There are a number of tools available to you to help you independently assess a vendor. In addition to the evaluation criteria and process you plan to use in your RFP package, here are some further considerations, methods and resources for learning as much possible about a preferred or shortlisted vendor:
Evaluating Vendor Corporate and Financial Stability, and Solvency
- Dun & Bradstreet Reports: Company financial reports and a DNB-applied solvency rating are published annually at this highly regarded and reputable organization’s website.
- Altman Z-Score: The Altman Z-Score is a proven, reliable tool for identifying a vendor’s present level of financial distress and predicting their risk for bankruptcy. This online Altman Z calculator is also an invaluable resource.
- Publicly Traded versus Privately Owned: There are pros and cons to working with each kind of company. Your research should help you determine if the vendor’s project track record suggests that they value customer satisfaction ahead of profit margins and shareholder returns. Does the vendor have a history of exceeding established project budgets with unexpected and excessive change requests to maximize profitability?
- Mergers and Acquisitions: High-growth companies with a strong M&A roadmap may be over-extended or be struggling with cash flow or HR-related challenges. Merging company cultures creates staff stress and instability. Are there any present or recent mergers or acquisitions underway at the company?
- Annual Research and Development Investment: Profitable, innovative companies commit to an annual research and development investment in order to keep their company and products current, compelling and viable. What is the vendor’s annual commitment to R&D? What has been the annual investment in the past 2-3 years? What new products, innovations, or best practices did that R&D investment produce?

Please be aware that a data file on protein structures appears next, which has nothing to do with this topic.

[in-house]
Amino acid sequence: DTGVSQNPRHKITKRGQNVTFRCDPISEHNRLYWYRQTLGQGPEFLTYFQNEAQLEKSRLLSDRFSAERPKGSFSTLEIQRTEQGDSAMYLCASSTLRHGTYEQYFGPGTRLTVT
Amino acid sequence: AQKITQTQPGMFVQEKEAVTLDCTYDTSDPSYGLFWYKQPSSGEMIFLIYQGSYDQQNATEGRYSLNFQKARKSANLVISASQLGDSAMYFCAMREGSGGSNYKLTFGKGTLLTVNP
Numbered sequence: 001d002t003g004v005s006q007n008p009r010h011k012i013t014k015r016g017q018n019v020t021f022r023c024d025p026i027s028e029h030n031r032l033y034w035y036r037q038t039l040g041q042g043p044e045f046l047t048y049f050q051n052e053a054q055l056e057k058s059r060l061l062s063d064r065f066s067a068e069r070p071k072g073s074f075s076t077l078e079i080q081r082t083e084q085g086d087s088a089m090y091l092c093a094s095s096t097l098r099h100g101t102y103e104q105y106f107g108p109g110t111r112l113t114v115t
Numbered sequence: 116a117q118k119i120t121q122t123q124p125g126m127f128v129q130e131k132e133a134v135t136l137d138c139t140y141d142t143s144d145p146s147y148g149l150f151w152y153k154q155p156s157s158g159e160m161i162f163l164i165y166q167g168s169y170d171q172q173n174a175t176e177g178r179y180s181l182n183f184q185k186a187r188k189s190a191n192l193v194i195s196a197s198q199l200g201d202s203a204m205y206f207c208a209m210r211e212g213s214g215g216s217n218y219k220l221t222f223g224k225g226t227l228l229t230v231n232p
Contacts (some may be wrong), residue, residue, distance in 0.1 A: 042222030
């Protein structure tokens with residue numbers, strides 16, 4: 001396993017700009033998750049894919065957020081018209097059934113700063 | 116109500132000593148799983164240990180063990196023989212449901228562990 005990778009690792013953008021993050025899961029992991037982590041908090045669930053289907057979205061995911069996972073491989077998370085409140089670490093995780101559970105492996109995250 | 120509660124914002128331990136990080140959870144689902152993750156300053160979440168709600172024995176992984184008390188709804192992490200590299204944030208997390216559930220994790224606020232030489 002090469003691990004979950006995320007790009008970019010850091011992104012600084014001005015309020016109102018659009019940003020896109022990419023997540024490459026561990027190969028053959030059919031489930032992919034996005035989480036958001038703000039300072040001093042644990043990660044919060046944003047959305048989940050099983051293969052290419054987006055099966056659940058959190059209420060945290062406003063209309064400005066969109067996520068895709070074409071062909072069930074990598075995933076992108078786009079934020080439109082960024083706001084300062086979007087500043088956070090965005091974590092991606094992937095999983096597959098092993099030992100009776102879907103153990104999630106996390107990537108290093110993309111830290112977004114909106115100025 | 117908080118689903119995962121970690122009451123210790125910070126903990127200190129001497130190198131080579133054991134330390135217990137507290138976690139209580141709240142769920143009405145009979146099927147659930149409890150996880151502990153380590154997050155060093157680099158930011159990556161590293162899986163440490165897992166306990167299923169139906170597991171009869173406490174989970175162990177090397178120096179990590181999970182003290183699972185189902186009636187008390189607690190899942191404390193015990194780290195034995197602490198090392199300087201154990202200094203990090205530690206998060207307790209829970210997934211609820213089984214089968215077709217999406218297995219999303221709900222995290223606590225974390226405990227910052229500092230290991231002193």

Evaluating Vendor Performance and Capability
- Outcomes of Projects with Comparable Size and Complexity: Does the vendor have a proven and positive track record working successfully with jurisdictions of your size and with projects of your complexity? What have been the outcomes of their comparably-sized projects in the last two to three years, in particular?
- History of Legal Action, Contract Breaches, Failed or Cancelled Projects: Prospective clients should ask their preferred vendor whether there has been any history of failed or cancelled projects (including dates and with whom), what the perceived causes were and, even more importantly, if the vendor has any pending lawsuits or in-progress legal action? Some of this information can, and should, be validated independently through your own web search. The
prospective vendor should be asked to confirm the nature and outcomes of any lawsuits they have been involved with.
Evaluating Vendor’s Customer Satisfaction Track Record
- Customer Surveys, Third-Party Surveys or Reviews: To gain a balanced perspective, vendors should be asked whether they conduct customer satisfaction surveys, what type, how frequently, and if those survey results or testimonials are available for your review? According to the popular customer loyalty diagnostic, the Net Promoter Score, the single most important question in a Customer Satisfaction and Loyalty evaluation is: “On a scale of 1-10, how likely would you be to recommend this vendor to others?”
- Customer Awards: Have other customers ever won or received significant awards or industry recognition for their implementation of the vendor’s software?
- Published Articles and Case Studies: Have other customers posted or published articles or case studies about their project success and benefits?
NEXT WEEK: Evaluating a prospective vendor’s proposed technology, culture fit and staff qualifications.